Inside Region 3
Midwest Region
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This Mourning Warbler was observed singing and foraging right next to the vehicle during a BBS route in Michigan in 2012 /USFWS.

This Mourning Warbler was observed singing and foraging right next to the vehicle during a BBS route in Michigan in 2012 /USFWS.

The Breeding Bird Survey Needs You

Each spring more than 2,500 skilled amateur birders and professional biologists volunteer to participate in the North American Breeding Bird Survey (BBS).  Since 1965, these volunteers have contributed to one of the most widely used bird monitoring datasets in North America.

In 2009, the Midwest Coordinated Bird Monitoring Partnership began a campaign to fill all vacant BBS routes in our region.  Each year, the number of vacant routes has decreased, and I challenge us all to work to cut this number in half by June 1, 2014.

To that end, I ask all of you to consider adopting a vacant route near you, adding a route if you already run one, and getting the word out to your friends and neighbors.

As of today, we have 73 vacant routes in our region.  I have broken these out by state and provided a point of contact below:

Requirements for participation are:

  • Access to suitable transportation to complete a survey
  • Good hearing and eyesight
  • The ability to identify all breeding birds in the area by sight and sound. Knowledge of bird songs is extremely important, because most birds counted on these surveys are singing males
  • New BBS participants must also successfully complete the BBS Methodology Training Program before their data will be used in any BBS analyses. The training program is available from the national BBS offices and the state, provincial, and territorial coordinators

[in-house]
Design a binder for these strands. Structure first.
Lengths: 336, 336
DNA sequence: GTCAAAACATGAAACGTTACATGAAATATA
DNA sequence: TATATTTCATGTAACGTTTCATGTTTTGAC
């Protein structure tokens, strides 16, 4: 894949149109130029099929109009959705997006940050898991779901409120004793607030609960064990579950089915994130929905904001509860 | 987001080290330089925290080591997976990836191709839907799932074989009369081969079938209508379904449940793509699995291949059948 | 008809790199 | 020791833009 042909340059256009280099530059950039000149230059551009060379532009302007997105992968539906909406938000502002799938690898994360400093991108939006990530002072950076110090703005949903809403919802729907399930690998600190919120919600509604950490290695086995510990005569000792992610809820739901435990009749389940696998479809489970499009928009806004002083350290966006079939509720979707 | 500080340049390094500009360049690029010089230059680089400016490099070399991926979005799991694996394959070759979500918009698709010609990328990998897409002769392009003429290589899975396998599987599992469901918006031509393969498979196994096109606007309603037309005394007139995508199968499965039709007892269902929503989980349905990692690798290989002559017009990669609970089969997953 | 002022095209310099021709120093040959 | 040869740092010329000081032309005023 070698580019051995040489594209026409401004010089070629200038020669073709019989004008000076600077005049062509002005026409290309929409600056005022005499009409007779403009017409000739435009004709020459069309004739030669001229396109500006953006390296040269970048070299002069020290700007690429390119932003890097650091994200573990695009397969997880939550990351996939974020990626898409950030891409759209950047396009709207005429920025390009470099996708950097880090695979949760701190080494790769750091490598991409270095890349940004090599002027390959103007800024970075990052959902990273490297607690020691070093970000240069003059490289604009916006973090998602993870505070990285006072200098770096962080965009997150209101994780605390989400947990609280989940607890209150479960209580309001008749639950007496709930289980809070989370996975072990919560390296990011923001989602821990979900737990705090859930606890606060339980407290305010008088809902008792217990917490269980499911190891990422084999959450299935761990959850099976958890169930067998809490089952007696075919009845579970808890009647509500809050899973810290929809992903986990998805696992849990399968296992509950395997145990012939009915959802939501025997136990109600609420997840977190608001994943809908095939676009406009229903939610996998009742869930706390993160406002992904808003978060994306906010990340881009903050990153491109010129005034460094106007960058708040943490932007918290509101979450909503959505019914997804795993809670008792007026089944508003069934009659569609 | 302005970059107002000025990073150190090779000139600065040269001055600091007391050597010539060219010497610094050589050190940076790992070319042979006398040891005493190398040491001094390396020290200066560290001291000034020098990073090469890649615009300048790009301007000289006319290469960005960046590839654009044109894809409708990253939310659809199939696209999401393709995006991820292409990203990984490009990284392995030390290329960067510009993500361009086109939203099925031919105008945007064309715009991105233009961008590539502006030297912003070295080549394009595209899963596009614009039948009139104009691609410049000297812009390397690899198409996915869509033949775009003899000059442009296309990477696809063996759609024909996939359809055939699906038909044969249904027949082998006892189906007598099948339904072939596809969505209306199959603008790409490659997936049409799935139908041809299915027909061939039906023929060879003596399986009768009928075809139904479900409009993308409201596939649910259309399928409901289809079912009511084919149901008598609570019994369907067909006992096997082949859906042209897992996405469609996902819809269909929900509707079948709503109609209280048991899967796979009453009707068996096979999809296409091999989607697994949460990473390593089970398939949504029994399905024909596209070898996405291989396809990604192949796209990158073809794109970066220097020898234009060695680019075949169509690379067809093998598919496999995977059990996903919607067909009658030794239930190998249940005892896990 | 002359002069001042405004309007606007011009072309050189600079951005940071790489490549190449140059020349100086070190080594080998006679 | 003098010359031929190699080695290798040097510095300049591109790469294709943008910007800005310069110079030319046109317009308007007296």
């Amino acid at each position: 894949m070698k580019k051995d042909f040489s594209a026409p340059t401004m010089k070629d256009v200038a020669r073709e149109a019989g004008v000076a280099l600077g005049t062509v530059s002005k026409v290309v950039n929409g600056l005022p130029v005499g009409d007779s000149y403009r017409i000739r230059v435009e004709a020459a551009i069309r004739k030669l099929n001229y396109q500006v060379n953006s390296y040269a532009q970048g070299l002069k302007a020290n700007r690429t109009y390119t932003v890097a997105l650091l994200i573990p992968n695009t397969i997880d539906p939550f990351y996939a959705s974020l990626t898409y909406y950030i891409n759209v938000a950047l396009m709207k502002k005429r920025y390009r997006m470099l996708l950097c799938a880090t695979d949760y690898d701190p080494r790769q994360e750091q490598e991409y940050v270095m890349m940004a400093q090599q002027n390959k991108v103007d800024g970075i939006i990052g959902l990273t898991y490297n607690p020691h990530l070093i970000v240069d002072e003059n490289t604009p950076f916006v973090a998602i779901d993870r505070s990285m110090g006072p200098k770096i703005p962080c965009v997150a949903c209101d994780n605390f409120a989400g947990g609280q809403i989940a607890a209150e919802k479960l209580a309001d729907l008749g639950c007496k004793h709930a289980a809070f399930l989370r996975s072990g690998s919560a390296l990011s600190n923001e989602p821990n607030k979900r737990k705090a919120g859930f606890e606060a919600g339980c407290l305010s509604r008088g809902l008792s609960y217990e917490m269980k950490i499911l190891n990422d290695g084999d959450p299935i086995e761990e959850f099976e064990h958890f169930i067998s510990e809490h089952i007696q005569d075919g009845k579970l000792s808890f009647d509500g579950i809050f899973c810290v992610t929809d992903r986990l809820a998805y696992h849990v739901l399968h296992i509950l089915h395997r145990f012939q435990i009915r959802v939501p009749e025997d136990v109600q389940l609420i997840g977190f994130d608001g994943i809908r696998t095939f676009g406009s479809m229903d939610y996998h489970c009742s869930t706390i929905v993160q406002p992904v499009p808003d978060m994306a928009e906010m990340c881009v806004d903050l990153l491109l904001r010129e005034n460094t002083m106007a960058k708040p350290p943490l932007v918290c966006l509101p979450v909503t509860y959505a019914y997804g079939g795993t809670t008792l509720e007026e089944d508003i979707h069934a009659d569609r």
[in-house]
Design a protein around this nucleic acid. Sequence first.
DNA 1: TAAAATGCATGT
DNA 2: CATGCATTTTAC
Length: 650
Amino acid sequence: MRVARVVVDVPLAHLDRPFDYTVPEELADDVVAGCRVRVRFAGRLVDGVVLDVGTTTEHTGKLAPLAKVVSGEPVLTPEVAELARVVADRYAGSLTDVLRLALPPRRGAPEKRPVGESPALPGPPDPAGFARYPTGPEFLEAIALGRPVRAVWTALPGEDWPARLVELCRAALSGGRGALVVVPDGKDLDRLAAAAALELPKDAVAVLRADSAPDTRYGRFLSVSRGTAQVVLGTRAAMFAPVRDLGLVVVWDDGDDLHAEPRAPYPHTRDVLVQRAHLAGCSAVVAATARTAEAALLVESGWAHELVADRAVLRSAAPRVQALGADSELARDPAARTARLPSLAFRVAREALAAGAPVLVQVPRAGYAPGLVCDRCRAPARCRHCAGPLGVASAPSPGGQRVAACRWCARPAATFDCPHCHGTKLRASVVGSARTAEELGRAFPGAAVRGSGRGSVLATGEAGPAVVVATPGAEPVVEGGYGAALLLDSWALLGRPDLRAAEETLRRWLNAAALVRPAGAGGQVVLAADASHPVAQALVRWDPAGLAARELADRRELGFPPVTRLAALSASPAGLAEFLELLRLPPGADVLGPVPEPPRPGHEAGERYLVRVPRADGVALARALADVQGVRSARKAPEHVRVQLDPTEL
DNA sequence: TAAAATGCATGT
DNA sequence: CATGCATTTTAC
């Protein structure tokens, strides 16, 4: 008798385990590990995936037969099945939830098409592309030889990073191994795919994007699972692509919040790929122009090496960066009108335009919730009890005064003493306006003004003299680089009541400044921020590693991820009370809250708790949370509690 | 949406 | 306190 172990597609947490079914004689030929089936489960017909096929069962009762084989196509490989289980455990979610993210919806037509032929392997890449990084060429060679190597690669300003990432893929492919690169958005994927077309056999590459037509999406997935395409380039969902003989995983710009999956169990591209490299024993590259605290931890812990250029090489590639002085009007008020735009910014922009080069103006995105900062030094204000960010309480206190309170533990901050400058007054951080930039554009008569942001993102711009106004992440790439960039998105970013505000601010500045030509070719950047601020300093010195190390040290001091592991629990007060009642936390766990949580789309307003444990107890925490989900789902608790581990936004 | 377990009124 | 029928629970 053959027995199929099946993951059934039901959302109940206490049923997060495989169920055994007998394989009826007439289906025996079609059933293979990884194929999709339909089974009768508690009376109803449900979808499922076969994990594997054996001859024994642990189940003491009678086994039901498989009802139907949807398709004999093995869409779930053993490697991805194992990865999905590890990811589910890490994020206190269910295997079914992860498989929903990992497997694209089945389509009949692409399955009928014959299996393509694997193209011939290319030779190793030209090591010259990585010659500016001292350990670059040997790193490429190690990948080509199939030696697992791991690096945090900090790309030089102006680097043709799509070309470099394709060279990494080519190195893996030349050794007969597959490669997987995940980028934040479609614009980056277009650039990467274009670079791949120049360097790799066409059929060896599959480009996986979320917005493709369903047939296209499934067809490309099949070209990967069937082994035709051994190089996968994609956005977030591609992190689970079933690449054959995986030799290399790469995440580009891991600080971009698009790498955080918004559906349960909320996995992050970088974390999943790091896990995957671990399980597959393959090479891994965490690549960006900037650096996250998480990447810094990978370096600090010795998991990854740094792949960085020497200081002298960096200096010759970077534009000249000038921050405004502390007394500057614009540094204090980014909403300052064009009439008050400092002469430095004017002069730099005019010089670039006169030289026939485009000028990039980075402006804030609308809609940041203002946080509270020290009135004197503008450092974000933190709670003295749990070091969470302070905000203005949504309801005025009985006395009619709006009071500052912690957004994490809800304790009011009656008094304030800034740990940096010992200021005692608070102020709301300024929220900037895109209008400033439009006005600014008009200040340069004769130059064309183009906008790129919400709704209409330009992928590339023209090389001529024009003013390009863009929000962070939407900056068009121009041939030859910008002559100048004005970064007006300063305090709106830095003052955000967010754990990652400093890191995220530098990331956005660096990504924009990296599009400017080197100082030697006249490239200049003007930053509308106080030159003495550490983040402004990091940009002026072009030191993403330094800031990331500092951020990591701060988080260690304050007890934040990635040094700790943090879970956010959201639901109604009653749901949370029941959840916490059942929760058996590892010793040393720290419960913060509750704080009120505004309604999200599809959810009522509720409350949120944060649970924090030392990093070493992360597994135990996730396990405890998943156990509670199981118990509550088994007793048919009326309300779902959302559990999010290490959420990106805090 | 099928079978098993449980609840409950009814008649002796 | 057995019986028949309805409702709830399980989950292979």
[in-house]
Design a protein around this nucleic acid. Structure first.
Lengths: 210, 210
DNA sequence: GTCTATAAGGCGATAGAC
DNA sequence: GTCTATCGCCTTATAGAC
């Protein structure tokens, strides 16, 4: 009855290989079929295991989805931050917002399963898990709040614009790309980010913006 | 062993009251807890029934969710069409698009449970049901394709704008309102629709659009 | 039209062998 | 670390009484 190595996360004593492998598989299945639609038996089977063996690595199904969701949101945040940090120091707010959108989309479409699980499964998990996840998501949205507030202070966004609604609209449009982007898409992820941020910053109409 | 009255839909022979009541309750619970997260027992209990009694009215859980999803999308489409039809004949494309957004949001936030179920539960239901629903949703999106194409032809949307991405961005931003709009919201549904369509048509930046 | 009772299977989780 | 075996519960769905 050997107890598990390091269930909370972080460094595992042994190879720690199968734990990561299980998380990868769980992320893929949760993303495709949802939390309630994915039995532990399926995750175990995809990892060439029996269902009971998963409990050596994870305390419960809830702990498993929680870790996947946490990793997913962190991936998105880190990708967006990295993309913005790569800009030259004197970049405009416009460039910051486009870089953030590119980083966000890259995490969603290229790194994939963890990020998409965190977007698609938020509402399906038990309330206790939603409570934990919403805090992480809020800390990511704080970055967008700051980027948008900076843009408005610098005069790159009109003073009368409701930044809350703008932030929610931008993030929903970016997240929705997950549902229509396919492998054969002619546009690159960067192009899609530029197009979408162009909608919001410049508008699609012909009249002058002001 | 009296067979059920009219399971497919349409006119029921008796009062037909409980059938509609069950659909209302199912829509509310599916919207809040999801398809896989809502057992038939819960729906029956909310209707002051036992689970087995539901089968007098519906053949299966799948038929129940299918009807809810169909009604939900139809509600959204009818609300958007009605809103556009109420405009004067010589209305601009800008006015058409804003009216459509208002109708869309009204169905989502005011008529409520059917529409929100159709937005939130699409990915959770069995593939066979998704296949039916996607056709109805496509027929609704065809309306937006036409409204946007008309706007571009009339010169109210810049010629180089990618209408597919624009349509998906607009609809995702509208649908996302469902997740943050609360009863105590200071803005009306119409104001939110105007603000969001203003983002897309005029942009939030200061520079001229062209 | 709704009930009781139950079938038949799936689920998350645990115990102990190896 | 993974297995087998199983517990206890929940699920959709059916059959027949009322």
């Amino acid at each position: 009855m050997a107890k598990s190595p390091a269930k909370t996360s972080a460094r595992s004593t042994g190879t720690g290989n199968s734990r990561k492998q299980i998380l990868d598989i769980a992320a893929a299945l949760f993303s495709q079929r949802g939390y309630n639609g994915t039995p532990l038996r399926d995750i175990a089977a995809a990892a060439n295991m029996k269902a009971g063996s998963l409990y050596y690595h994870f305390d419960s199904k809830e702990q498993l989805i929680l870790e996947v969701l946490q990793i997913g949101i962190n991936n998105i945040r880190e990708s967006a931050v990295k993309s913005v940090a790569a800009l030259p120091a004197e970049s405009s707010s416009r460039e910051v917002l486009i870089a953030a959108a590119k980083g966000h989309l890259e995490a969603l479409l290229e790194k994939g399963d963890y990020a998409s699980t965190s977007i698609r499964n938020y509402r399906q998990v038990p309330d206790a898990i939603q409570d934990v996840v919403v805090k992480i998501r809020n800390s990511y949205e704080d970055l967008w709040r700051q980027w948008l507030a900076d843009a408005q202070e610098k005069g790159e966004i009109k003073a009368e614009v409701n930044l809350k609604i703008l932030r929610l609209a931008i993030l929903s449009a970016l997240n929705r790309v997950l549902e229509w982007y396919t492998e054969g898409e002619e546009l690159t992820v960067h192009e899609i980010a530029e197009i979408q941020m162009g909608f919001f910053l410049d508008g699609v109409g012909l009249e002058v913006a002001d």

• The intention to run a route for at least 4-5 years. Data from routes run only once or twice by an observer are not nearly as useful as longer consecutive surveys by the same observer

By Katie Koch

Marquette Biological Station

Breeding Bird Survey routes traverse very diverse landscapes throughout North America.  This route includes a segment right along the shoreline of Lake Superior in Keweenaw Bay/USFWS.

Breeding Bird Survey routes traverse very diverse landscapes throughout North America.  This route includes a segment right along the shoreline of Lake Superior in Keweenaw Bay/USFWS.

The Breeding Bird Survey consists of 50 stops along a driven route.  At each stop, an observer counts all birds seen or heard within a quarter-mile radius for three minutes/USFWS.

The Breeding Bird Survey consists of 50 stops along a driven route.  At each stop, an observer counts all birds seen or heard within a quarter-mile radius for three minutes/USFWS.

 

Last updated: April 10, 2014